*inspired by Andrea Gibson’s anthology, by the same title

1. The day my mother told me there are some things I shouldn’t tell her
I became a woman.
She said some things were too painful and the sharing of them only made her worry
and then made me worry about her worrying and it was a cycle we could forget
with closed mouths and throats that hummed instead of sang.
I didn’t stop telling her things.
But I stopped being oblivious to effect of my words

2. They say you will step over many bodies if you walk this road,
they say at first it won’t get better, but it might get different,
that if you can believe in change, even for 5 minutes at a time, you have a chance.
I remember standing in a circle of held hands the day I had 102 days clean
my face uplifted like a received blessing
the press of calloused flesh to my tender palm a benediction
I remember the first time I could go to the laundromat without being afraid of running
into my past
and the way my name began to fall from other mouths like it was welcome there
and not just a bad taste
I will never forget my unrelated brother and the day he died,
the wind whipped up from the lake so fast it could be felt from NY to Georgia
His smile is a wrinkle on my heart now

3. There are easy rules to follow too, if easy is what you are looking for
– don’t google your symptoms. ever
– don’t weigh yourself, your body is more than the sweet tug of gravity and anyway, God, doesn’t it feel good to be anchored to the world now?
– sing in the shower, in the car, while making dinner – give your throat every chance to practice forming sound and rhythm so that when you need it, your voice will ring out like a true bell
– and never give up
– just don’t

4. When I was 17, I wrote a list of ways I would stop apologizing for my presence
I didn’t know then that my body was already forming question marks over every word
that to stop saying sorry meant learning a new language
putting these bones to new use, digging these bones into the ground like tent poles
staking out my territory in the flesh landscape I was given
and learning to be grateful for every hill and valley that can be used to shelter you
I didn’t know that you needed refuge too
I didn’t know refuge could be a ship setting sail for new lands
look, we have come up to the top deck and even now, I can see the future spread out
like shiny lights in the distance

5. These are the ways I can be shelter
This woman that I am, this stitched together tongue, this humming throat
rubbed raw from finding harmony in the silence
This square hand I have, linked like a circuit breaker to my heart
go ahead, grab it
let this be rule 6: there is never a wrong time to reach out
no reason too good or bad, big or small.
These are the ways I can be shelter
the way I remember my brother who didn’t get to live to see the disease shaken
the stories I still tell about my chosen sons, that I gave freely back to the world
the poems I have written for my unborn daughter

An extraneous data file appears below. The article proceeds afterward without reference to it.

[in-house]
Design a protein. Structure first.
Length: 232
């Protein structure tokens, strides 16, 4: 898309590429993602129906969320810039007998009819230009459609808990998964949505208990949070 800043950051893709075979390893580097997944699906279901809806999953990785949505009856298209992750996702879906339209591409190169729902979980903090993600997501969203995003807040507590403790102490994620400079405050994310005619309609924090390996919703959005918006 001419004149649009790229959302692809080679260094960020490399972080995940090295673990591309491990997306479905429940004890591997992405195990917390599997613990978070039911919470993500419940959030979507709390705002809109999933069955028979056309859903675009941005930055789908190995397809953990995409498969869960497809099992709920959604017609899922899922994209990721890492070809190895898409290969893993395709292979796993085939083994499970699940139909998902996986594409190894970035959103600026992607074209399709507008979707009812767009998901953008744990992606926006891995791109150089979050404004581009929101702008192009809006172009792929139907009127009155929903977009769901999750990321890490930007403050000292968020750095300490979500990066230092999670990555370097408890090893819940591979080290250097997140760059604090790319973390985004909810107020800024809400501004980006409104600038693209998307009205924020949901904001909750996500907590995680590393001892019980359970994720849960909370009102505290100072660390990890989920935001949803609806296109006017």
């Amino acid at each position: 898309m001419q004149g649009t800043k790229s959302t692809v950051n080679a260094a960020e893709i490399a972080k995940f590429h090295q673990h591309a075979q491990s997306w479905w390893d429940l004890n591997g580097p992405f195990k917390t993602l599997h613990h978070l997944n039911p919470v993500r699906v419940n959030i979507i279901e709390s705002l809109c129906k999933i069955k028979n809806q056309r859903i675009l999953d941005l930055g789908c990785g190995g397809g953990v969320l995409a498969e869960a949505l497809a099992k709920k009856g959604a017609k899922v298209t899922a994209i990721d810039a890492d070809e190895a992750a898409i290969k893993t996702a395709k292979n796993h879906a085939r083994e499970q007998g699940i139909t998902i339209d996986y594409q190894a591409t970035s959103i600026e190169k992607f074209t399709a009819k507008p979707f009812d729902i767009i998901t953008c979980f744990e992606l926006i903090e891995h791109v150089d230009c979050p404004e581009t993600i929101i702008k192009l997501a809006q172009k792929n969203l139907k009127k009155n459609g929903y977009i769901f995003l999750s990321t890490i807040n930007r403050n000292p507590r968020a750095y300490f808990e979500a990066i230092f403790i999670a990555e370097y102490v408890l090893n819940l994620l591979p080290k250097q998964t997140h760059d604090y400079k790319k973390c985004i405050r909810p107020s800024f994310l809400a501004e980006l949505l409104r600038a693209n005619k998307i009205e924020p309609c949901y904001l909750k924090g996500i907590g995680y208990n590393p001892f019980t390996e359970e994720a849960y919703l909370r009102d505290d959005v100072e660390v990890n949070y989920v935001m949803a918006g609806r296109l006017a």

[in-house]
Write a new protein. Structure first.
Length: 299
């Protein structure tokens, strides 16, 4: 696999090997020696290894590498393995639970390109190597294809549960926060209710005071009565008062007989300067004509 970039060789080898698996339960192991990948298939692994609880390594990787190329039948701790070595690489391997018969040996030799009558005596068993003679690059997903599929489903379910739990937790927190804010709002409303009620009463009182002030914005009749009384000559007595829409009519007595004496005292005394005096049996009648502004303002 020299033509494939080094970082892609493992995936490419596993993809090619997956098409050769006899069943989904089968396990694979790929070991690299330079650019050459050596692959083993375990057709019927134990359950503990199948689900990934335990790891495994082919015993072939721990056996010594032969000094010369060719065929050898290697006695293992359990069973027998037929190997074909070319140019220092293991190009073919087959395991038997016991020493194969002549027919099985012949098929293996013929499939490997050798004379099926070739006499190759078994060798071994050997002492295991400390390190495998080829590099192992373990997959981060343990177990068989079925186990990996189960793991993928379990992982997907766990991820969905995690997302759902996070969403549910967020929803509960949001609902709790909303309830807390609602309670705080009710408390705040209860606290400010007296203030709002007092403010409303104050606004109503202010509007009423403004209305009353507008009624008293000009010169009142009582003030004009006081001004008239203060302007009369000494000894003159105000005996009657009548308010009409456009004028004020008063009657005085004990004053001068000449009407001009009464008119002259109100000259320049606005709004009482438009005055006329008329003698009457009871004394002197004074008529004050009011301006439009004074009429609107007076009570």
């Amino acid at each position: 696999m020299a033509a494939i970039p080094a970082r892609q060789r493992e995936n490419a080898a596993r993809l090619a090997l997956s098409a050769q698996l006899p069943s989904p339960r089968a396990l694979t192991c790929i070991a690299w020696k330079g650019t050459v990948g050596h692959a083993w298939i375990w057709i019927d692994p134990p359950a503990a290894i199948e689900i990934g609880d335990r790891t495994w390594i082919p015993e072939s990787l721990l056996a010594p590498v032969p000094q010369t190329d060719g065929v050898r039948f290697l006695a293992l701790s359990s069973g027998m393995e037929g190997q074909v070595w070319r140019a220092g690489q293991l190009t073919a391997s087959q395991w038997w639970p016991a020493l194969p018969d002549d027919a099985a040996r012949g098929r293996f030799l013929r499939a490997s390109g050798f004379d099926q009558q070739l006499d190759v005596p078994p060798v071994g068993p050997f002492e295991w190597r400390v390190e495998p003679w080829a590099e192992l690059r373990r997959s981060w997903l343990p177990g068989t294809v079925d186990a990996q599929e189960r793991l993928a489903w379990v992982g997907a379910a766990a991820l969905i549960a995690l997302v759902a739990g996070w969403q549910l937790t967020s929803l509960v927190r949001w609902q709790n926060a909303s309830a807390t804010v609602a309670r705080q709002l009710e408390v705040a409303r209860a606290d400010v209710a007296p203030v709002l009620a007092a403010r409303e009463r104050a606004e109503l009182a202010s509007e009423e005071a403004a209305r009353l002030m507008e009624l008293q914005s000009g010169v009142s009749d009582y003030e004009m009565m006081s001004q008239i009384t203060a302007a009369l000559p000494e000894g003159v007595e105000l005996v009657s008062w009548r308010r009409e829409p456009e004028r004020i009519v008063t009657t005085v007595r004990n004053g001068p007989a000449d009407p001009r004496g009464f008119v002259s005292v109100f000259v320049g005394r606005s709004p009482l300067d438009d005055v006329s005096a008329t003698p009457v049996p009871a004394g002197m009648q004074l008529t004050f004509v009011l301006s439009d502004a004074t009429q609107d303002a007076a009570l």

and the way I have strung hope like Christmas lights around the entrance to my heart
and written messages to the future saying “be better’
This is how I am shelter
how I have swung the doors wide open, sifted sunlight through my ribs
built a safe room out of my arms and put them around you
sang every lullaby I knew into the phone until even the static on the other end of the line
hummed along
laid my body in the shape of a comma next to yours,
so that you didn’t have an excuse to end the sentence
told you “don’t you ever stop telling me things.”



He held her face like a bowl of water, both hands
cupped around her cheeks, tilted her lips skyward
and drank deeply

Around them the dusty chaos of a summer music festival swirled
Beer, boys and bare chests
the strutting and preening of young bodies
the cocaine made temporary gods of us all
our tattoos were compasses pointing the way to our transparent hearts
our shouts shook the tent poles
and the bass from the distant stage thudded like welcome thunder.

She was not beautiful
but this is irrelevant
In the sun shining down, he turned toward her
An exhale, a pause, a split second before lip met lip
Intentions stood like sweet soldiers behind their eyes
Squinting, she became a fountain, a waterfall, a spring brook
and he, in the Polaroid snap of summer, turned from granite to dry throat
sand trickling from the steel toes of his boots.

He must have been so thirsty, for so long.

The Poem I don’t want to write – a working draft


The poem I don’t want to write is sitting on the couch, looking smug, sipping her third cup of coffee at 5pm
Go on, she says, I dare you
I raise my eyes a bit, but it’s like staring at the sun – too hot, too bright, to close to searing my retinas
I blink away after-images of tiger lilies, look at her knees instead
They are bare, dust in the creases of her skin – her knee caps are maps of my childhood,
all bikes and bruises and hunting down imaginary wild things in the woods out back
Her knees are boney and strong – they don’t need my helping hands to push them off the earth and allow her to stand.

The poem I don’t want to write reads the news over my shoulder in the morning
I turn to her, a challenge, but she just laughs
tells me there’s not a enough time before work and I’m not saying anything the BBC or NPR won’t say anyway.
she says you can’t, you will sound too country, too white, too privileged, too young, to have any real knowledge of the world
She says my doubt is infectious, best to hide it away, isolate the sickness
She says “you’re voice isn’t strong enough and when you raise it, you’re not raising an army, you’re just shouting.”
I finish my coffee, put the mug in the sink and head into the office